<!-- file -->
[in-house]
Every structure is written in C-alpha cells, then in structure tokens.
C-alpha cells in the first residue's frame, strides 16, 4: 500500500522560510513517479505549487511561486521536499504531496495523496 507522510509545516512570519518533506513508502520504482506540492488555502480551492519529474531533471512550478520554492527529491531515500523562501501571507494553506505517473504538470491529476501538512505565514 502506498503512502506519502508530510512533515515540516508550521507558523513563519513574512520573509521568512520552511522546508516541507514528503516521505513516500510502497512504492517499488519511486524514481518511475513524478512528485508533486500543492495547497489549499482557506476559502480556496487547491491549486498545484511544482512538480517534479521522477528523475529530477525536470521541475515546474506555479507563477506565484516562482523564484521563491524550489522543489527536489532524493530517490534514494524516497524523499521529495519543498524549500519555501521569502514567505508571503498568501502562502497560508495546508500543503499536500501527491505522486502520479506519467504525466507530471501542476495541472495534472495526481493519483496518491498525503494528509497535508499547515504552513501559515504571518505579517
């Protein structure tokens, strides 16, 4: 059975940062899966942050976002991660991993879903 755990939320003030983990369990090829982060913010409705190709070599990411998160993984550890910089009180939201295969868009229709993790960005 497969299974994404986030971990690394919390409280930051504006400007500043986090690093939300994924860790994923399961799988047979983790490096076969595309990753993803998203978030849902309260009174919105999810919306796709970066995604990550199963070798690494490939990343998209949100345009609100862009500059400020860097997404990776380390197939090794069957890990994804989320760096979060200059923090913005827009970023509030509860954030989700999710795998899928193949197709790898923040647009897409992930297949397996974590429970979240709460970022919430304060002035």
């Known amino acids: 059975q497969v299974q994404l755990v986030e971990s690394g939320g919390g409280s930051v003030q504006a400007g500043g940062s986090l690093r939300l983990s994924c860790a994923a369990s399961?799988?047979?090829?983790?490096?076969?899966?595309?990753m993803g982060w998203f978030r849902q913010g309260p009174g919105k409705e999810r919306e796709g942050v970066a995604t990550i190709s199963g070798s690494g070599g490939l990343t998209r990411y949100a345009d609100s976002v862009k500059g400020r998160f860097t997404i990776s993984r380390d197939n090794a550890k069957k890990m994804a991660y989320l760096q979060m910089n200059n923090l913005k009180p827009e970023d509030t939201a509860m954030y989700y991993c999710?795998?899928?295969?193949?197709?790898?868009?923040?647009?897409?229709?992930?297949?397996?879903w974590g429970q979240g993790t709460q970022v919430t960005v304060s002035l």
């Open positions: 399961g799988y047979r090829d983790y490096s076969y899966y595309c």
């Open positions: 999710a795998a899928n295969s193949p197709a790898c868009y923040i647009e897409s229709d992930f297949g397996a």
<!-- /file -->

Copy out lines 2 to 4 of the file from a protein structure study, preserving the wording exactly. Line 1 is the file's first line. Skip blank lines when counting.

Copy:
Every structure is written in C-alpha cells, then in structure tokens.
C-alpha cells in the first residue's frame, strides 16, 4: 500500500522560510513517479505549487511561486521536499504531496495523496 507522510509545516512570519518533506513508502520504482506540492488555502480551492519529474531533471512550478520554492527529491531515500523562501501571507494553506505517473504538470491529476501538512505565514 502506498503512502506519502508530510512533515515540516508550521507558523513563519513574512520573509521568512520552511522546508516541507514528503516521505513516500510502497512504492517499488519511486524514481518511475513524478512528485508533486500543492495547497489549499482557506476559502480556496487547491491549486498545484511544482512538480517534479521522477528523475529530477525536470521541475515546474506555479507563477506565484516562482523564484521563491524550489522543489527536489532524493530517490534514494524516497524523499521529495519543498524549500519555501521569502514567505508571503498568501502562502497560508495546508500543503499536500501527491505522486502520479506519467504525466507530471501542476495541472495534472495526481493519483496518491498525503494528509497535508499547515504552513501559515504571518505579517
């Protein structure tokens, strides 16, 4: 059975940062899966942050976002991660991993879903 755990939320003030983990369990090829982060913010409705190709070599990411998160993984550890910089009180939201295969868009229709993790960005 497969299974994404986030971990690394919390409280930051504006400007500043986090690093939300994924860790994923399961799988047979983790490096076969595309990753993803998203978030849902309260009174919105999810919306796709970066995604990550199963070798690494490939990343998209949100345009609100862009500059400020860097997404990776380390197939090794069957890990994804989320760096979060200059923090913005827009970023509030509860954030989700999710795998899928193949197709790898923040647009897409992930297949397996974590429970979240709460970022919430304060002035």